withdraws from regional news provision. Organisations such as ITN have been mentioned as possible bidders to
provide such a service.
15. BECTU's initial view is that this is an overcomplicated
and inadequately funded response to the problem:
- Bringing in independent consortia accepts, as a fait acompli, that ITV plc should withdraw from the provision of
- The amounts of funding quoted (£30 - £50m) appear seriously inadequate
and less than even ITV's current scaled-back regional spending.
- Diverting funding from the BBC
license fee would be totally unacceptable, since this would simply undermine
one PSB regional news provider in order to subsidise another.
- Even if some independent consortia were potentially able to provide an
adequate service in some individual regions, this could not be assumed to apply
across the board.
proposal for shared regional news facilities indicates that sharing
arrangements would also apply to any third party provider. Since such
independent consortia would have none of ITV's existing regional facilities, they could
potentially require the use of the entirety of the BBC's facilities - with significant implications for
any BBC staff affected and for
believe that our proposal (referred to above) for the use of alternative
funding streams - allied to strong regulatory requirements on ITV to provide regional news in exchange for the
receipt of such funding - would provide a preferable future strategy building
on the strengths of ITV's historically successful regional structure.
strongly supports the maintenance and development of BBC
local and regional programming. We accept that the BBC
has a responsibility to position more of its in-house and independently sourced
production in the nations and regions in order to better reflect the
contribution which audiences across the UK make to the BBC through the licence fee. We therefore support in
principle the BBC's relocation of some programme-making resources
from London to
we do have concerns that following the closure of Television Centre in 2012 and
the possible sale of Elstree, the BBC
may not own a single major television studio London and the South East and may
not be able to produce, for example, drama/light entertainment/Children in Need
without hiring commercial facilities.
continue to have reservations about any single definition of regional as 'outside the M25'.
This can, notoriously, lead to productions originating from production offices
just outside the M25 (eg Amersham) but which, in effect, use London facilities. We therefore believe that
a meaningful definition should be adopted. We note Ofcom's proposal that at least 2 out of the following 3
criteria should apply: regional location of the main production office; a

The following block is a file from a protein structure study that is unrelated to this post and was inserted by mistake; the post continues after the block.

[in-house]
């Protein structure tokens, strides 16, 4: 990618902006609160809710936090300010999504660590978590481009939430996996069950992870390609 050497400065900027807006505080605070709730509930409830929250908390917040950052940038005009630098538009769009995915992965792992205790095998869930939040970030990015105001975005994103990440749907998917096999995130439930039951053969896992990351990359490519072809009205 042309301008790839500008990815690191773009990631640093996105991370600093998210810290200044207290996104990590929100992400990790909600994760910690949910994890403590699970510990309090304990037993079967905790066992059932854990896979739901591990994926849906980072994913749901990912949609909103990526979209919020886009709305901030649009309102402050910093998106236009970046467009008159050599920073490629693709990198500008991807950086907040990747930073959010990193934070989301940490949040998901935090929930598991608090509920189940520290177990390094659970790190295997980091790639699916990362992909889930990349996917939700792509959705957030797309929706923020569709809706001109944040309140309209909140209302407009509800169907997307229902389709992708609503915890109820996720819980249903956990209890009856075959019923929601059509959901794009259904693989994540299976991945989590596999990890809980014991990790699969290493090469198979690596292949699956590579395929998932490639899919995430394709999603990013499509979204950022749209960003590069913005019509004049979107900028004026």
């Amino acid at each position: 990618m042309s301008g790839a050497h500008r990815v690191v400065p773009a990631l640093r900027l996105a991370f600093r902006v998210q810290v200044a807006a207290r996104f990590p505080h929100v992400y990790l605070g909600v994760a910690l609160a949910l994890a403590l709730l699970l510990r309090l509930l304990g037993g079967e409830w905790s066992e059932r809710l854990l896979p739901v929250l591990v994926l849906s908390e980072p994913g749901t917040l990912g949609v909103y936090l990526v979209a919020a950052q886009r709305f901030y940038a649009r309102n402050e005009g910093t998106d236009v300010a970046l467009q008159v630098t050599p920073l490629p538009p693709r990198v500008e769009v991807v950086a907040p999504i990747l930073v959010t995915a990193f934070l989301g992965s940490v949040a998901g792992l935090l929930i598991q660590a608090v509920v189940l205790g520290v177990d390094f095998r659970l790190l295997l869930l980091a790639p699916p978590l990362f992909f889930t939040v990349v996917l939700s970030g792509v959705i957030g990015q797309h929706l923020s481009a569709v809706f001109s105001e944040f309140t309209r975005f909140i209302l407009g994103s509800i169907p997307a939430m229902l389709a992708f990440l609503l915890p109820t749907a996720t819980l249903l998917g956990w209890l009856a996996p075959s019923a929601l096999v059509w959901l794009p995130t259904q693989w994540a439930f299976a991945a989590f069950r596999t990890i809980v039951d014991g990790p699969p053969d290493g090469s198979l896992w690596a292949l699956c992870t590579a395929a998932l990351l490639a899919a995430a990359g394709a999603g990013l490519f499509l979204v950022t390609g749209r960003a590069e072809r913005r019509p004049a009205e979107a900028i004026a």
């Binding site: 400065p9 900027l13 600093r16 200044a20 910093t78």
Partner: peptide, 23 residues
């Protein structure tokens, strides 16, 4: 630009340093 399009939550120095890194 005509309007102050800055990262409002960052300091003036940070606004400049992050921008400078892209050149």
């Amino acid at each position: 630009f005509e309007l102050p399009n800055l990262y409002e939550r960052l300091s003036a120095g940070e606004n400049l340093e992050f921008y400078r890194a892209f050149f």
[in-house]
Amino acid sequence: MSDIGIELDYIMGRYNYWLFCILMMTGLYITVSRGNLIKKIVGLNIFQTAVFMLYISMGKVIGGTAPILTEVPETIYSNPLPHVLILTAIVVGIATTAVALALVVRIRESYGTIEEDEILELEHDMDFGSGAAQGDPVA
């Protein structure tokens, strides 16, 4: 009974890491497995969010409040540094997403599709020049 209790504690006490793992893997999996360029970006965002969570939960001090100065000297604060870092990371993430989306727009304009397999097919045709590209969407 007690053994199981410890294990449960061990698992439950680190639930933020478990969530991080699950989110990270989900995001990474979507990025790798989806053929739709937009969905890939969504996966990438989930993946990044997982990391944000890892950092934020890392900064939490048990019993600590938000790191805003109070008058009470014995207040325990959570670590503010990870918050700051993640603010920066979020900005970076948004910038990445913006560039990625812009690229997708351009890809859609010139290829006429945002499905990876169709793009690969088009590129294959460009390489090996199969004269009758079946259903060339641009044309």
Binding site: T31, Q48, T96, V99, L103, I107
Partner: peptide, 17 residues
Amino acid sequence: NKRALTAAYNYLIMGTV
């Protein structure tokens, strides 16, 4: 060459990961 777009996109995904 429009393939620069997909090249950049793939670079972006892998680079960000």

prescribed minimum level of regional spend; employment of a prescribed minimum
number of regionally-based workers.
support in principle the provision by the BBC
of local news services both on video and online. We regret that the BBC's local
initiatives have, at a previous stage, been opposed by other local press and
media interests. We further regret that the BBC
Trust responded to such pressures by cancelling the development of 'bbclocalvideo'.
Far from representing a threat to local print news providers, we believe such
initiatives could open up opportunities for local partnerships and syndication
in the right circumstances.
have long noted, with regret, the evolution of commercial radio away from
independent local providers and into a sector characterised by concentration of
ownership and standard programme formats.
continue to wish to see regulatory support for the maximum possible range of
local content and identity in commercial radio. We have therefore expressed
reservations about the loosening of controls on formats and the weakening of
oppose the development of American-style centralised news hubs and shared
programming - which can develop to the point where there is little or no
meaningful local news coverage or information provision.
believe that specific media ownership regulations continue to be necessary in
addition to basic competition rules. We believe that such regulations are
necessary because market forces alone will not provide the pluralistic media
which a democracy requires.
therefore believe that any relaxation of media ownership regulation should be
judged on the basis of broad democratic and social criteria rather than just on
narrowly economic criteria.
recognise that there is a wholly separate dimension of debate concerning media
services in the nations. We have not, in this submission, attempted to address
such issues (eg on the proposal for a new Scottish channel, on the future
funding of S4C) - on the basis that these continue to be discussed intensively
in other forums.
appreciate the Select Committee's
interest in this issue. We hope you will take note of our views and we look
forward to the outcome of the Inquiry.